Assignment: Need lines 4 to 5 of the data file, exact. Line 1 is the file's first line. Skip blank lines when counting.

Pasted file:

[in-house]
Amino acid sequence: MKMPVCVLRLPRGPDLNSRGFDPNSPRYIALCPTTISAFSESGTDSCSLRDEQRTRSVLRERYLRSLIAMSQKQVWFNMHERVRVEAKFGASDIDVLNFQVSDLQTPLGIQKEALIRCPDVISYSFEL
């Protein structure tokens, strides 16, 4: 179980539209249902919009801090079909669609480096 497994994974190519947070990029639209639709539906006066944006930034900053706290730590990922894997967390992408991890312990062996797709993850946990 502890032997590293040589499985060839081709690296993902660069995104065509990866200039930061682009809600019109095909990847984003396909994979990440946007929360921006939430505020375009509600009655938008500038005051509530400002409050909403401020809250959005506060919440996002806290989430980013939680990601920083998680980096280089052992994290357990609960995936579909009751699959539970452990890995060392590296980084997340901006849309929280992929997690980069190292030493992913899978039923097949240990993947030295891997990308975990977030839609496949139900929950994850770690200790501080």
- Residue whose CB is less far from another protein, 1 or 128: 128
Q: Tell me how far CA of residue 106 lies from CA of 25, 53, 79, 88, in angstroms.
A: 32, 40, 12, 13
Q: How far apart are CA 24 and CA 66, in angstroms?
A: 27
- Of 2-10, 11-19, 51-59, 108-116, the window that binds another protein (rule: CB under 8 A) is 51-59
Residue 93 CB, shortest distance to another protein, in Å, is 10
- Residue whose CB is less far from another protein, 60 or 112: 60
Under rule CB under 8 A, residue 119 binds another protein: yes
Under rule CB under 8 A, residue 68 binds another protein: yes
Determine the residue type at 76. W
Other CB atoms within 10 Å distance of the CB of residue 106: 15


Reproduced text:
- Residue whose CB is less far from another protein, 1 or 128: 128
Q: Tell me how far CA of residue 106 lies from CA of 25, 53, 79, 88, in angstroms.